• The text treatment is written – A treatment is a sort document that summarises the main idea of the story. Sometimes, many treatments of the same idea will be developed in order to find the right balance between solid and open possibilities, which will be filled later by development and storyboard artists.
    • Key Stages Of The Production Process
      • Storyboards are drawn – Storyboards are like a hand drawn comic book version of the movie and serve as the blueprint for the action and the dialogue. Each storyboard artist receives script pages and/or a “beat outline”, a map of the characters emotional changes that need to be seen through actions. Using these as guidelines, the artists envision their assigned sequences, draw them out and then “pitch” their work to the director.
      • Voice talent begins recording – First, temporary “scratch” voices are recorded by Pixar artists for the storyboard reels. Later, when the story and dialogue are further along, professional actors begin recording the character voices, reading from a script and improvising. Actors must record lines several different ways, and the best reading is eventually animated.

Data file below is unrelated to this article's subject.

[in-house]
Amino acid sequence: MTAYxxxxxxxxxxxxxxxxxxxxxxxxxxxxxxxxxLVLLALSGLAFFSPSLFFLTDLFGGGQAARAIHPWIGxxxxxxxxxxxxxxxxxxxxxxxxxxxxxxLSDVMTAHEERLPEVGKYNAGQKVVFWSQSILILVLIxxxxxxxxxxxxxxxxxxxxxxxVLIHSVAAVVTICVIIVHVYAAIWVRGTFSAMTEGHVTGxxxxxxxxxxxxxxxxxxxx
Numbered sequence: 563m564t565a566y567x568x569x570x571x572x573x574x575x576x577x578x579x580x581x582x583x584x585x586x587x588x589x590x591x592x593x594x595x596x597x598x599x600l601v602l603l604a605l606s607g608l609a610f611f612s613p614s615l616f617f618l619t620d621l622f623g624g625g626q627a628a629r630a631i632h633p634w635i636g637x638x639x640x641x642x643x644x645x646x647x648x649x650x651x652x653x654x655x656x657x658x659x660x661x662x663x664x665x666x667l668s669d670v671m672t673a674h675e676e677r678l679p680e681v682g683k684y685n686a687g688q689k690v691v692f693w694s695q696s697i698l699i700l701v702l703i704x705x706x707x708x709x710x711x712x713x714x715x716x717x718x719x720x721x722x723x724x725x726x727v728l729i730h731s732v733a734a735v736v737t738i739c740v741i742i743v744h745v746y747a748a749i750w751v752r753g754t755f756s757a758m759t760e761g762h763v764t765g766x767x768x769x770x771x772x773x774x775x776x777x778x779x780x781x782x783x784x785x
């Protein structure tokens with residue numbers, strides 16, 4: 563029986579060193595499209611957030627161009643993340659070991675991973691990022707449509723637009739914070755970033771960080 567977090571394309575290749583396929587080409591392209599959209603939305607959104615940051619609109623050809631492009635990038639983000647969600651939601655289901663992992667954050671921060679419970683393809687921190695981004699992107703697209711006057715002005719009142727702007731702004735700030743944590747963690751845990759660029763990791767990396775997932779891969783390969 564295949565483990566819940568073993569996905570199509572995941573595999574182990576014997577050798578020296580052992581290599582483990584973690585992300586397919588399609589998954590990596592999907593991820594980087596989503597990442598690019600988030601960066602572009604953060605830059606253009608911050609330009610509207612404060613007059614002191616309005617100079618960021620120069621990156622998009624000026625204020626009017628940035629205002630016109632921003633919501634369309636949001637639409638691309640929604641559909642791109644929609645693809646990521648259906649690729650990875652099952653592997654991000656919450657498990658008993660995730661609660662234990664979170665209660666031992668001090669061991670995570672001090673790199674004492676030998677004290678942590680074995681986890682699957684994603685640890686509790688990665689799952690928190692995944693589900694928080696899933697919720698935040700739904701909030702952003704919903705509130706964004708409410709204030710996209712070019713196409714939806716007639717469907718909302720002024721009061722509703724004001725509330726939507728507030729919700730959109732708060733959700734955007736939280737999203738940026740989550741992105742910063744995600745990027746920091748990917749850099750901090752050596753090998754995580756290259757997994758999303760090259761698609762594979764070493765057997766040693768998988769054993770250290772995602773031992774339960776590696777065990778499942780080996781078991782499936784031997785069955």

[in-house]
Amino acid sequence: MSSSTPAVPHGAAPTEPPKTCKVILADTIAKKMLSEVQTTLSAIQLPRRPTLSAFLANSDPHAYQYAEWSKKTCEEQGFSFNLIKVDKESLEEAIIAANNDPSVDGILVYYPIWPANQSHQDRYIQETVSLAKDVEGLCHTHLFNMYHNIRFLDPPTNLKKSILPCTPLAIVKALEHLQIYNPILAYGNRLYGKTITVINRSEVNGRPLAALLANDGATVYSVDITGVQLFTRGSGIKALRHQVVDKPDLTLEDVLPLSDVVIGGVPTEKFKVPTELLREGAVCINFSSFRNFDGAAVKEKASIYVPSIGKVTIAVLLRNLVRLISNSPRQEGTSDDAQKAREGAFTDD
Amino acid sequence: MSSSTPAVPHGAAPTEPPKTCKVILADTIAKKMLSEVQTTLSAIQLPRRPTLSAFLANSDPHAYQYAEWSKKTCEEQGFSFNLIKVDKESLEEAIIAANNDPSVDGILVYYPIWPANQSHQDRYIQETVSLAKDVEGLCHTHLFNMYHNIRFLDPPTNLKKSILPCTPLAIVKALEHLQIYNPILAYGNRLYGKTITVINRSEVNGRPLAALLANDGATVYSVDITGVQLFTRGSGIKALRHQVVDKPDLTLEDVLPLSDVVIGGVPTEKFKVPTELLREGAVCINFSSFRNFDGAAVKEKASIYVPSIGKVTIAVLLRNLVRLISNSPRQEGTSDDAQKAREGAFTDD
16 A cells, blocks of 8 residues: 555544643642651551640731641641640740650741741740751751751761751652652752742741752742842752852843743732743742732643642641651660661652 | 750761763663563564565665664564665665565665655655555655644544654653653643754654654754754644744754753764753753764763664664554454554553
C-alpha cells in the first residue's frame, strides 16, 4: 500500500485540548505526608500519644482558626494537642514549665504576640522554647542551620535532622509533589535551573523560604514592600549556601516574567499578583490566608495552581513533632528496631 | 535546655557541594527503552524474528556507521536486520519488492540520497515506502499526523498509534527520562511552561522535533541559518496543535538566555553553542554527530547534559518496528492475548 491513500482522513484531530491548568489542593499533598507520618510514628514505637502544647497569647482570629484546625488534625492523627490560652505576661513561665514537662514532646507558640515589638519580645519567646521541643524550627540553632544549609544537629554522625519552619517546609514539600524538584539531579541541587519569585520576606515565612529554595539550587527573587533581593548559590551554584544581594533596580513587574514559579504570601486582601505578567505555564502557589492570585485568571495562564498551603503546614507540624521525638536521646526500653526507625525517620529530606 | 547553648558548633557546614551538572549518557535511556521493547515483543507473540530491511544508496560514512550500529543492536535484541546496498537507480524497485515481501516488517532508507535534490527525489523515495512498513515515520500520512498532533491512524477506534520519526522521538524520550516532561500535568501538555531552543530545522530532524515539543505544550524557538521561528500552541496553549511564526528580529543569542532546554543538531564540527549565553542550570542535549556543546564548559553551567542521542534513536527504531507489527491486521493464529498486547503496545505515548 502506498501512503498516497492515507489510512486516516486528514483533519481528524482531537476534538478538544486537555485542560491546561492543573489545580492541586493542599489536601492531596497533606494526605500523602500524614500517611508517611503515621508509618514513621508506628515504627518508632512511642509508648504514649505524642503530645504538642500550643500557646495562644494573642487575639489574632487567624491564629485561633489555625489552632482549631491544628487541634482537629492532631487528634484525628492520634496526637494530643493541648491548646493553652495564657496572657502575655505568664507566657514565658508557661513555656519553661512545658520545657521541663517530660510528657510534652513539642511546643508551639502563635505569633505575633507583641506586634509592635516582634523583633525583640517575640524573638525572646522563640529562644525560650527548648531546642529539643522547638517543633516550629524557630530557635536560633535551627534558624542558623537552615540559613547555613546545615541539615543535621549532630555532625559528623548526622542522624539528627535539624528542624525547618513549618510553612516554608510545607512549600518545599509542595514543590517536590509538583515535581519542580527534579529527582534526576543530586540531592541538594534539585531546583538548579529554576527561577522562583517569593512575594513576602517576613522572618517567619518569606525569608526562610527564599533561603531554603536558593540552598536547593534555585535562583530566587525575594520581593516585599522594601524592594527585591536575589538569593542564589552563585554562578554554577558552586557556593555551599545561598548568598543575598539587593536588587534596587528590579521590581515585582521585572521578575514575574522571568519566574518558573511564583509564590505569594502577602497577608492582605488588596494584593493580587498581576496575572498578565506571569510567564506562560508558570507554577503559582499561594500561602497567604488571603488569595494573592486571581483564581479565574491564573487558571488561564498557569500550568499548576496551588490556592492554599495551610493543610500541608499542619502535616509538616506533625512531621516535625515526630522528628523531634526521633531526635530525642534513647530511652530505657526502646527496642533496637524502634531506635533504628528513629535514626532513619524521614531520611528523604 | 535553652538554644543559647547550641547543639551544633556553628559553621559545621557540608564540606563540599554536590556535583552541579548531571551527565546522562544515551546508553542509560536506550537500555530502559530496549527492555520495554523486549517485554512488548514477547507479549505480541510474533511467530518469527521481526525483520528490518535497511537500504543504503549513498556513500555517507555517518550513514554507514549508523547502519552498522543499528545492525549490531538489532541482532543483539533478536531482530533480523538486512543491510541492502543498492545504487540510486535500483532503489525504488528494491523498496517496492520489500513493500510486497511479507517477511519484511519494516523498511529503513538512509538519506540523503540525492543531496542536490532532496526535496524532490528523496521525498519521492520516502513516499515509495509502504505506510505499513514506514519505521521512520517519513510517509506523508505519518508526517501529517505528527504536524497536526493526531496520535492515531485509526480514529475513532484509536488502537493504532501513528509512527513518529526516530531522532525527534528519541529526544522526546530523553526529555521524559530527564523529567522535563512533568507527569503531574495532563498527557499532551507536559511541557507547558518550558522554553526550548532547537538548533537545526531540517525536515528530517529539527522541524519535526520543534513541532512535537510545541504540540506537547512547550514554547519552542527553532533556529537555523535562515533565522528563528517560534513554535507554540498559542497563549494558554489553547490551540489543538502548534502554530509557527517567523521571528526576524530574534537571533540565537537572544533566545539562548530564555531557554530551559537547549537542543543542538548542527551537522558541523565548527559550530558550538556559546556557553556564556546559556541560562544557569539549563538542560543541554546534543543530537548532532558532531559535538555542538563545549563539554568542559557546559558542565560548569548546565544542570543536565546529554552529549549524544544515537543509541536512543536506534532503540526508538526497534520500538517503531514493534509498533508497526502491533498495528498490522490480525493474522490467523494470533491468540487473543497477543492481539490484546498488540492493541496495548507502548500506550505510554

• Key Stages Of The Production Process
      • Editorial begins making reels – A reel is a videotape that allows the cleaned up storyboard sequence to stand alone, without a pitch person to tell the story. A pitch can be successful because the storyteller is strong, so reels are an essential step to validate the sequence and are the first instance that the “timing” of the sequence is understood. Editorial uses the information to fix the length and other elements of each shot in a sequence.
      • The art department creates the look and feel – Based on the initial text treatment, storyboards and their own creative brainstorming and development work, the art department creates inspirational art illustrating the world and the characters. It also designs sets, props, visual looks for surfaces and colours and colour scripts for lighting, which are impressionistic pastel illustrations that emphasise the light in scenes.
    • Key Stages Of The Production Process
      • Models are sculpted and articulated – Using the art departments model packet – a set of informational drawings – the characters, sets and props are either sculpted by hand and then scanned in three dimensional or modelled in 3-D directly in the computer. They are then given “avars” or hinges, which the animator will use to make the object or character move. Woody has 100 avars in hi face alone.